My child has been diagnosed with asthma - do I need to lift all my carpets?

Pulling up floorboards, an unused retail space and assessing building/upgrading costs

Carpets can harbour huge amounts of dust. Photograph: Thinkstock

Carpets can harbour huge amounts of dust. Photograph: Thinkstock


Q Our child has been diagnosed with asthma and the consultant recommended we remove the carpets in our home as they harbour a huge amount of dust and this could be a trigger to his asthma attacks. We have carpet in the bedrooms only so the work will not be too extensive. We would like to polish the floorboards so we pulled the carpet up to see what needed to be done, only to find that the previous owner has cut away large sections of the timber floorboards in two of the rooms and replaced them with chipboard.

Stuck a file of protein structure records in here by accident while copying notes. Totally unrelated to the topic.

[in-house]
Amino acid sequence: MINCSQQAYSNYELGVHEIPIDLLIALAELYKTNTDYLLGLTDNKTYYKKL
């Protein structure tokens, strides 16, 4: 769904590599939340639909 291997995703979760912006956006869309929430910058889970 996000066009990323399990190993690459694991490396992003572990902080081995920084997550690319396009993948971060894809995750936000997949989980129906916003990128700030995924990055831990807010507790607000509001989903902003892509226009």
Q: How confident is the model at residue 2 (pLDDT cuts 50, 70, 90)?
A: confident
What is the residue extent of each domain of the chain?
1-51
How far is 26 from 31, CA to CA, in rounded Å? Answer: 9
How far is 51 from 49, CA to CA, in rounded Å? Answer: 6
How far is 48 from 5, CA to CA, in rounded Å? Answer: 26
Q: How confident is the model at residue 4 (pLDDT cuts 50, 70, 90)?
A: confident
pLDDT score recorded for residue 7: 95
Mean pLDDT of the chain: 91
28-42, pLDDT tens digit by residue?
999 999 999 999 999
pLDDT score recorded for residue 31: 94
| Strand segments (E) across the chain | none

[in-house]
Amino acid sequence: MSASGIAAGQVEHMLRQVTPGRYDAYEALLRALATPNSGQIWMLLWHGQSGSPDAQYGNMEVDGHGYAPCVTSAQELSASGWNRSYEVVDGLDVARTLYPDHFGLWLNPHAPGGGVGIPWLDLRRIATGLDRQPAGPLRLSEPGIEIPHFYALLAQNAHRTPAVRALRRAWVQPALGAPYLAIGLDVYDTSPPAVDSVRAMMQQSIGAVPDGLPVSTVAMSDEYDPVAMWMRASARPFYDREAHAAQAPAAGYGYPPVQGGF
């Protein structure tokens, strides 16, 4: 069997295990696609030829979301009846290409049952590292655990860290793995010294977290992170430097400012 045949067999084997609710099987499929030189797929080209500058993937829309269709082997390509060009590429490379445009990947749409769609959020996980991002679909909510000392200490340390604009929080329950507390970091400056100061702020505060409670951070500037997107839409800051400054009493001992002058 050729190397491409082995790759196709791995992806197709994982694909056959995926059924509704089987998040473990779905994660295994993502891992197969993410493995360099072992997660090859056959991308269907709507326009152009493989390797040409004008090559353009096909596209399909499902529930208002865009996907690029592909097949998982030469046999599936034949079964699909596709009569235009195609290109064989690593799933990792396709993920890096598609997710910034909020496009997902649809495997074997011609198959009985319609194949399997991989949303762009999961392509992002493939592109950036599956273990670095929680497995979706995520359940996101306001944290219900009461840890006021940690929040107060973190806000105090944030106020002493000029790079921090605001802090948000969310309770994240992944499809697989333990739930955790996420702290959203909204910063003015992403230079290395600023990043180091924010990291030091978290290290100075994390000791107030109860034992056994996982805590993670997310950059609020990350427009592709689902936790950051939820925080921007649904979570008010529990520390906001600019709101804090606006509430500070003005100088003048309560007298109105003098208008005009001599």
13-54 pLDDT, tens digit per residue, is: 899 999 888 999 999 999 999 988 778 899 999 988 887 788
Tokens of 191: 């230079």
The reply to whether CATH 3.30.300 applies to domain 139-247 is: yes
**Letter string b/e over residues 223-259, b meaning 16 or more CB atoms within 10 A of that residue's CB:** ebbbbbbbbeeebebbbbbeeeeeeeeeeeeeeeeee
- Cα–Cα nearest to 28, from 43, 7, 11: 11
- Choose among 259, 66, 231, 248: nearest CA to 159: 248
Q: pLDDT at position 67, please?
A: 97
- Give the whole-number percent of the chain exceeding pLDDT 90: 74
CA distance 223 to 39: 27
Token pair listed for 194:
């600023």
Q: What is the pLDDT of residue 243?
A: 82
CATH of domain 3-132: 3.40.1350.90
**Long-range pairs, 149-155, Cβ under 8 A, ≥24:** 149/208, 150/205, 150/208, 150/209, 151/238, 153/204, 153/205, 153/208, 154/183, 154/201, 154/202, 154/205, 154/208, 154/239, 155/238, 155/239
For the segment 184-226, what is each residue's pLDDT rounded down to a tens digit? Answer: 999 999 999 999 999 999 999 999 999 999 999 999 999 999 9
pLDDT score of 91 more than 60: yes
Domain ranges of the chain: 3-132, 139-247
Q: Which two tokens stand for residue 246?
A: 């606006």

Are we going to have to pull the floorboards up in the entirety of both rooms and replace them or will it be possible to just replace the affected areas? If the cost will be considerable, we might just replace the carpet with linoleum.

We were considering selling our house when the market picks up, if we leave it the way it is (with linoleum covering it), would it be considered a defect if it is detected by potential buyers?

A The answer really depends on the standard of finish that you want to achieve and the extent of floorboards that have already been replaced. It is fair to say that the better option is to replace all of the floorboards to a standard, consistent finish, however a skilful carpenter using salvaged floorboards could be able to achieve a reasonable finish.